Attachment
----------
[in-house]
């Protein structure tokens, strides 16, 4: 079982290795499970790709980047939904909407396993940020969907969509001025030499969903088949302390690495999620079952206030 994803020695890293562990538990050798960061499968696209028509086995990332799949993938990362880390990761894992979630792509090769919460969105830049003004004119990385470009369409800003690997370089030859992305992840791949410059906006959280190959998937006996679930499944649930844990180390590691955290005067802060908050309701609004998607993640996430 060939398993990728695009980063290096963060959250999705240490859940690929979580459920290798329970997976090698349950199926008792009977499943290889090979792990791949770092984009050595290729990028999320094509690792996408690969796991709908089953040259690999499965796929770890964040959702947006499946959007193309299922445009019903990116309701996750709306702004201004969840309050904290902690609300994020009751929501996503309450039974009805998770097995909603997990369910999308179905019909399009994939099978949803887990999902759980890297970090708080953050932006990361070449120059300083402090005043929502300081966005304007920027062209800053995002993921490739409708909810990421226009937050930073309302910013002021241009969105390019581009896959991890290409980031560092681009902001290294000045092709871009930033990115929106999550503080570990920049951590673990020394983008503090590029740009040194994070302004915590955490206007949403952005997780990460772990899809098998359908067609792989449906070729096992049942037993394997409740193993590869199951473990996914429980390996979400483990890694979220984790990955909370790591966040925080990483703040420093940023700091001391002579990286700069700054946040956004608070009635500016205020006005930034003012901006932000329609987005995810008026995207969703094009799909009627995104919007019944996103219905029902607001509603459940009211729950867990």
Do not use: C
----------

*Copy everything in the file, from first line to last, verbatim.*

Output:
[in-house]
């Protein structure tokens, strides 16, 4: 079982290795499970790709980047939904909407396993940020969907969509001025030499969903088949302390690495999620079952206030 994803020695890293562990538990050798960061499968696209028509086995990332799949993938990362880390990761894992979630792509090769919460969105830049003004004119990385470009369409800003690997370089030859992305992840791949410059906006959280190959998937006996679930499944649930844990180390590691955290005067802060908050309701609004998607993640996430 060939398993990728695009980063290096963060959250999705240490859940690929979580459920290798329970997976090698349950199926008792009977499943290889090979792990791949770092984009050595290729990028999320094509690792996408690969796991709908089953040259690999499965796929770890964040959702947006499946959007193309299922445009019903990116309701996750709306702004201004969840309050904290902690609300994020009751929501996503309450039974009805998770097995909603997990369910999308179905019909399009994939099978949803887990999902759980890297970090708080953050932006990361070449120059300083402090005043929502300081966005304007920027062209800053995002993921490739409708909810990421226009937050930073309302910013002021241009969105390019581009896959991890290409980031560092681009902001290294000045092709871009930033990115929106999550503080570990920049951590673990020394983008503090590029740009040194994070302004915590955490206007949403952005997780990460772990899809098998359908067609792989449906070729096992049942037993394997409740193993590869199951473990996914429980390996979400483990890694979220984790990955909370790591966040925080990483703040420093940023700091001391002579990286700069700054946040956004608070009635500016205020006005930034003012901006932000329609987005995810008026995207969703094009799909009627995104919007019944996103219905029902607001509603459940009211729950867990």
Do not use: C